By Brooklyn Hofstad
Boomers had June Cleaver and poodle skirts. Hippies had “groovy” and bell bottoms. It never fails that each generation has cultural relics uniquely tied to them. From fashion choices to word choices, these cultural relics often speak to the larger values of a given group. Given that logic, millennials don’t value the English language. It seems to be a favorite pastime of the kids who came of age in the ’90s to assign new meanings to words that were not in need of a redefinition. In fact, dictionaries are considering updating meanings to reflect this trend.
Here are three words that millennials need to stop misusing (like, seriously):
Literally – the word has recently been appropriated to convey “quite” or “rather” (or even “like,” much to the chagrin of language purists). Literally means, “in a literal sense or manner,” according to Merriam-Webster’s Dictionary. Yet it’s often used when “figuratively” would be the more appropriate word choice. “The novel was translated literally from the original Latin,” NOT “There were literally a million people there.”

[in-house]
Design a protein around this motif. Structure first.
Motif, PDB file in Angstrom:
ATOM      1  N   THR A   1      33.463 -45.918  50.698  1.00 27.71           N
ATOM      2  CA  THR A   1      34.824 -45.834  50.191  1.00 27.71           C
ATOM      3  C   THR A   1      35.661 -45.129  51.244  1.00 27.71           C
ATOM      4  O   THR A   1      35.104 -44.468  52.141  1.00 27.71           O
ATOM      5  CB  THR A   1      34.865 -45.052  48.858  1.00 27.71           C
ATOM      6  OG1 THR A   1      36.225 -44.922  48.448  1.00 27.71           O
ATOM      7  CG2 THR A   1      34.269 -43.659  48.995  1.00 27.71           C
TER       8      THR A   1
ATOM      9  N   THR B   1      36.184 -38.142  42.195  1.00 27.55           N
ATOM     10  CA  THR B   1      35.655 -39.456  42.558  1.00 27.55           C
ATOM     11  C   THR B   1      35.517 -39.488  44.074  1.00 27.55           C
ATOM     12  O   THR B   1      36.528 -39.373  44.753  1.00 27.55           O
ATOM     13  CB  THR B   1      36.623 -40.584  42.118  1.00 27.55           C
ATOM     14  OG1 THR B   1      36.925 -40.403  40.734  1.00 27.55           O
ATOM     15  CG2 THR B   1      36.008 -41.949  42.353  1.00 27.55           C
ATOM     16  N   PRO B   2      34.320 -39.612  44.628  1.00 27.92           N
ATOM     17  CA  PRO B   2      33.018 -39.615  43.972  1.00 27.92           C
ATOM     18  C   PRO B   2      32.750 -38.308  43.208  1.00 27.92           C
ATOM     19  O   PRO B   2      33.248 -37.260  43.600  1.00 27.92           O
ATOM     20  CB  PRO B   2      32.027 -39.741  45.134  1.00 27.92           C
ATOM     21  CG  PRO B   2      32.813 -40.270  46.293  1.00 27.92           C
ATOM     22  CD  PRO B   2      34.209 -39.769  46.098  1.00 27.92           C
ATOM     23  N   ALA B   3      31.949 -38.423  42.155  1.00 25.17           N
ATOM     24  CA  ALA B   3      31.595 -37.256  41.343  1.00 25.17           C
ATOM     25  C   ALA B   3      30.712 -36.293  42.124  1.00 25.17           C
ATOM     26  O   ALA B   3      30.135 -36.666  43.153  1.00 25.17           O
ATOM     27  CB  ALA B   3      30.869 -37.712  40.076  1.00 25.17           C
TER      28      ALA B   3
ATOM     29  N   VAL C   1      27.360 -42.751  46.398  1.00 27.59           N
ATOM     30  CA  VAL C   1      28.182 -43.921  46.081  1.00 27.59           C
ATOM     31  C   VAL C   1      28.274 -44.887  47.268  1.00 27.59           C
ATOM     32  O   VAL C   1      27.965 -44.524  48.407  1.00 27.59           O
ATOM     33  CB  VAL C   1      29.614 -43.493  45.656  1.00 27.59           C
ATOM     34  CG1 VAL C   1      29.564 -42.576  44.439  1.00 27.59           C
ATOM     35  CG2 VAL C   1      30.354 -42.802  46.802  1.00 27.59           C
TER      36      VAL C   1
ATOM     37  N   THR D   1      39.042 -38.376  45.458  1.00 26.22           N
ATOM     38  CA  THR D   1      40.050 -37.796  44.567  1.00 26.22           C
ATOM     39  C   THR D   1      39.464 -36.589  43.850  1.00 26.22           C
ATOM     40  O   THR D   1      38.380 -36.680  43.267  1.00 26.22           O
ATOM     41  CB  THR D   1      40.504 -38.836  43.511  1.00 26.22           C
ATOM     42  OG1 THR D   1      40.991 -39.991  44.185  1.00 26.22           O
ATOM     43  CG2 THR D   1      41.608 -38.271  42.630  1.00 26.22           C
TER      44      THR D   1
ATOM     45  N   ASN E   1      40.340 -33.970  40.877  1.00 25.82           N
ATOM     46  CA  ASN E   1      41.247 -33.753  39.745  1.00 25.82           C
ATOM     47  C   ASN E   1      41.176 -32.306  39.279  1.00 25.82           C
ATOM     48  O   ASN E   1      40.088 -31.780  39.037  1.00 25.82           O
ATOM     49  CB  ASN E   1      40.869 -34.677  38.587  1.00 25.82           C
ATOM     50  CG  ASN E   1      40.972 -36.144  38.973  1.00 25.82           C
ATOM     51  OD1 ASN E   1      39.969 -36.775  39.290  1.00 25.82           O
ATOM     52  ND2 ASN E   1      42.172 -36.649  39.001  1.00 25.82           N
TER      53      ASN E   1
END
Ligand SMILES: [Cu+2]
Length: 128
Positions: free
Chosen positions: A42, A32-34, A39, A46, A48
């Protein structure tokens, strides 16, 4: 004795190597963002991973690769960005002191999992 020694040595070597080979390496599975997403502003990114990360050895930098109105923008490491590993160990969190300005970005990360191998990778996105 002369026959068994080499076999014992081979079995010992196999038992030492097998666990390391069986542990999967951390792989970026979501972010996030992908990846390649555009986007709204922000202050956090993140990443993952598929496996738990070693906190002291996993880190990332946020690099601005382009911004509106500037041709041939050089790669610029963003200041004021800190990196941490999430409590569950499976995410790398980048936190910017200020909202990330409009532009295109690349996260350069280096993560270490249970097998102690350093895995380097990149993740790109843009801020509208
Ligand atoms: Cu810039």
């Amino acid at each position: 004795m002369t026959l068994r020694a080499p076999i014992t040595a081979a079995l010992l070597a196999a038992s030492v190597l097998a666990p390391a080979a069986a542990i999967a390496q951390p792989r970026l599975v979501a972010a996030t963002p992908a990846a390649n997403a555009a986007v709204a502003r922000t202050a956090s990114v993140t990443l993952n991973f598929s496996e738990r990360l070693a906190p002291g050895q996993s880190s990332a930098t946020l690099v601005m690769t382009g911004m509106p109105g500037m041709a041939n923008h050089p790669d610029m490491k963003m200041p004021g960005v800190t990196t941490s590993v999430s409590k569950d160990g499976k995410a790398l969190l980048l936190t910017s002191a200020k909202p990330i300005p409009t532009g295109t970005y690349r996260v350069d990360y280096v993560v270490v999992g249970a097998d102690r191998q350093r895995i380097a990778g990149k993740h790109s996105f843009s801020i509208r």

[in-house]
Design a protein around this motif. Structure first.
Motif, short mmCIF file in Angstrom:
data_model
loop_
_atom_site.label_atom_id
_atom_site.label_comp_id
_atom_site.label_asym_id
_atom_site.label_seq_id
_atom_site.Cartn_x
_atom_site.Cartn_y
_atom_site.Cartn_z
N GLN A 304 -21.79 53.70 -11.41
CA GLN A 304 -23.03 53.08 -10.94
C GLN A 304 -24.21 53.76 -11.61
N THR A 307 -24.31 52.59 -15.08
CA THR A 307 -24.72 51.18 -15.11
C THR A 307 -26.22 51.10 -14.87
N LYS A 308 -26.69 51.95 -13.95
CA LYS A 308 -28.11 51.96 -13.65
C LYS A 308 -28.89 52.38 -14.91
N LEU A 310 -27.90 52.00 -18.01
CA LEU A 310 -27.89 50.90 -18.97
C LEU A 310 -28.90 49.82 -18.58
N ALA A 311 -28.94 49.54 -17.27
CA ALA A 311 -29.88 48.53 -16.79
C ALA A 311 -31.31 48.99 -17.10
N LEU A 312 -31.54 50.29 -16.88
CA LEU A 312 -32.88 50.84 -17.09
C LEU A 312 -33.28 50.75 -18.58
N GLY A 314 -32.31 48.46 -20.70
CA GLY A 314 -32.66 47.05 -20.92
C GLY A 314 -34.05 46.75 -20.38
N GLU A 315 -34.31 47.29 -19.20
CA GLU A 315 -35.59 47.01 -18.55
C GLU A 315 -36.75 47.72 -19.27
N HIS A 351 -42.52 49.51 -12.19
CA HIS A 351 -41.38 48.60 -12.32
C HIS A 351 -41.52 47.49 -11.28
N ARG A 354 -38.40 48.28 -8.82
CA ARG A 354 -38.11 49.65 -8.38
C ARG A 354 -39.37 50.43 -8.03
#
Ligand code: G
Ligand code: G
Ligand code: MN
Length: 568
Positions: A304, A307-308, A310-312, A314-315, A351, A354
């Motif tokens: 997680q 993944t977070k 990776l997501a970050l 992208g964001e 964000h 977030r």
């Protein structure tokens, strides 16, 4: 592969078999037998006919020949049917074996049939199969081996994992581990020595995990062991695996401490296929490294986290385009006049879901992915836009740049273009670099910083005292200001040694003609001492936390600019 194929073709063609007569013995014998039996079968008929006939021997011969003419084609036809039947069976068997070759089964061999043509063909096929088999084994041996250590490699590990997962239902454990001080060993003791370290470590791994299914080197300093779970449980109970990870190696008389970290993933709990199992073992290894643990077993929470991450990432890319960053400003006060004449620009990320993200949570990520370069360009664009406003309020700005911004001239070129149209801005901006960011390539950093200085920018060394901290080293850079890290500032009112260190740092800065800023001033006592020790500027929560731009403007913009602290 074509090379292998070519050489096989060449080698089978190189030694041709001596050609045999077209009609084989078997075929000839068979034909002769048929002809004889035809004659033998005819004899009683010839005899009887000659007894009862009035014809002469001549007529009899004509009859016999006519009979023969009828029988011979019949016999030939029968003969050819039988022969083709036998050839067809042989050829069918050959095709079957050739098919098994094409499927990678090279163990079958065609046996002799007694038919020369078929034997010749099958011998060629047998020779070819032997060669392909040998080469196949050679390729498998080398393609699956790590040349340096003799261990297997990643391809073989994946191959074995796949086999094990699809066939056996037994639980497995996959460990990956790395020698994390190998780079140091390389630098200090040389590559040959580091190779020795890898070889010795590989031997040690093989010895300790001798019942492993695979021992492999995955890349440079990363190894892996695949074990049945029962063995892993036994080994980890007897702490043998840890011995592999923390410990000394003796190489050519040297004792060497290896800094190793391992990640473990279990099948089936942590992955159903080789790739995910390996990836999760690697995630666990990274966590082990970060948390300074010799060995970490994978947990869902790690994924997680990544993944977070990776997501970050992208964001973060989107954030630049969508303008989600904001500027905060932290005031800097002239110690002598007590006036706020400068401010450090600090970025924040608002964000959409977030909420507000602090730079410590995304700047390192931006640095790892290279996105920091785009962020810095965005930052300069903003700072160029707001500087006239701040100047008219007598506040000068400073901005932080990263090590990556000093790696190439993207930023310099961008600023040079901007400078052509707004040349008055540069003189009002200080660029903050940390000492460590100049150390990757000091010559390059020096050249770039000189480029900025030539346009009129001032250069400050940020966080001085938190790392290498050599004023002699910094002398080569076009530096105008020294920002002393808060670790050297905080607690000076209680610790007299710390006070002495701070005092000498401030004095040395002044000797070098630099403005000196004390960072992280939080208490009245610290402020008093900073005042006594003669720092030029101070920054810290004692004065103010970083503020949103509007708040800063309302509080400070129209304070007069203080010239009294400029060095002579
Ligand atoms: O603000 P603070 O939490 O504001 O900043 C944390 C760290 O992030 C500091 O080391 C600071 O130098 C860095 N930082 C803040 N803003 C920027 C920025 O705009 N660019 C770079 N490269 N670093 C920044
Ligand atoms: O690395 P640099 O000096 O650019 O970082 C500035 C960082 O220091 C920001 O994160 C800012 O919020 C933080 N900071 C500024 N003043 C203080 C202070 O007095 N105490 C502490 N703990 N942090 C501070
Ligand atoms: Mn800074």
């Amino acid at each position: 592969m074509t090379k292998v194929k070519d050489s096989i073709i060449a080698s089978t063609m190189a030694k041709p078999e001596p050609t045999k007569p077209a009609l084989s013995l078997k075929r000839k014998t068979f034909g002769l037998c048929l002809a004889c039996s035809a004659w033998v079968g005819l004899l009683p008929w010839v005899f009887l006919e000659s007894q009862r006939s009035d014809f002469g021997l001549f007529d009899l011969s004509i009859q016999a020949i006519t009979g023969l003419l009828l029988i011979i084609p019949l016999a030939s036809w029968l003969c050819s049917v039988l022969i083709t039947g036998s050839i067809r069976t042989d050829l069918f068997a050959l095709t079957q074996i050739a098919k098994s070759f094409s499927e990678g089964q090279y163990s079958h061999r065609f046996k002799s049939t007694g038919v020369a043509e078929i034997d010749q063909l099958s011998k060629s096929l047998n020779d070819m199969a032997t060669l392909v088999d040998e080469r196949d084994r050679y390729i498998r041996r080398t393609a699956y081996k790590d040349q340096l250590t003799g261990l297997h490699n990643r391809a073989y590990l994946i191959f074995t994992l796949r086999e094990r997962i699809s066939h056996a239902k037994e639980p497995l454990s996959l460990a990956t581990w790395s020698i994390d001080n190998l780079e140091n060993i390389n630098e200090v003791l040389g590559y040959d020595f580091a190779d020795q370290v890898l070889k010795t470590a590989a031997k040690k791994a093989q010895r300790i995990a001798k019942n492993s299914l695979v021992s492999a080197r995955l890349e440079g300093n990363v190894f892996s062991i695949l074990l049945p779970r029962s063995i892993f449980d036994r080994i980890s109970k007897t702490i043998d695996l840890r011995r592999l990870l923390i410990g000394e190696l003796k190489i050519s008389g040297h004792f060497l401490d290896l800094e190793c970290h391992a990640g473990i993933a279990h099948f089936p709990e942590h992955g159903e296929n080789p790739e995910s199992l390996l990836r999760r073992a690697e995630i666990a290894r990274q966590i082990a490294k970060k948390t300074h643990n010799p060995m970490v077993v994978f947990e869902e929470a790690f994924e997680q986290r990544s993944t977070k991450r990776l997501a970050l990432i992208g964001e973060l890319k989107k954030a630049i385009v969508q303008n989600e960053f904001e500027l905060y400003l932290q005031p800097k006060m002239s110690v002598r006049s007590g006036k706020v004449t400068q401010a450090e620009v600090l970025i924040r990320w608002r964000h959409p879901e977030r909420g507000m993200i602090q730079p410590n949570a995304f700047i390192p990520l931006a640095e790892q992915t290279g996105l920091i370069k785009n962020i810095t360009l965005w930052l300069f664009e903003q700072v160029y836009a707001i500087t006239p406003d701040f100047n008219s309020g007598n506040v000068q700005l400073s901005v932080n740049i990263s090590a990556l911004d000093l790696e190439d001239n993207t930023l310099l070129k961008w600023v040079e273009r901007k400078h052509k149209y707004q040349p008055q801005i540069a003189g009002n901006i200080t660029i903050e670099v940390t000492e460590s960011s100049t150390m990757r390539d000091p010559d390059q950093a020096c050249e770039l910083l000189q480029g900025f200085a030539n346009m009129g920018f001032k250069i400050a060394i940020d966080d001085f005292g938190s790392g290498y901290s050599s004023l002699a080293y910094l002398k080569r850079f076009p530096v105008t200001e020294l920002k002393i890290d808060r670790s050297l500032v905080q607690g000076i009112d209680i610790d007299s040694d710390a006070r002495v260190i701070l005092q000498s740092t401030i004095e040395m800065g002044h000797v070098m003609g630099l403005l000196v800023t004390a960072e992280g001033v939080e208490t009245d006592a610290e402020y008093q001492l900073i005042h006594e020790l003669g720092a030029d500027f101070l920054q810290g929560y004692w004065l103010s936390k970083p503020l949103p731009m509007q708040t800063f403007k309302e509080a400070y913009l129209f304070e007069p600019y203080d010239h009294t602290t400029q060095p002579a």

Random – Despite my love for Clueless, I’m afraid we have to Cher Horowitz to blame for this (“She met some random guys at Foot Locker”). Random means “lacking a definite plan, purpose, or pattern.” It does not mean “odd” or “unusual.” And random is never a noun. “The study used a random sample for their research,” NOT “That girl was such a random!”
Epic – It’s an epic failure for millennials to misuse “epic.” See what I did there? An epic is typically a lengthy work of writing often derived from oral histories that tell stories of heroic figures. It is not a term used to delineate how good or bad something was. “One example of an epic is Homer’s The Iliad,” NOT “I got off work early; it was epic.”
Not all millennials are a lost cause, though. A couple industrious YouTubers took it upon themselves to correct the examples of irony in Alanis Morissette’s “Ironic.” Ironic — another word for another post…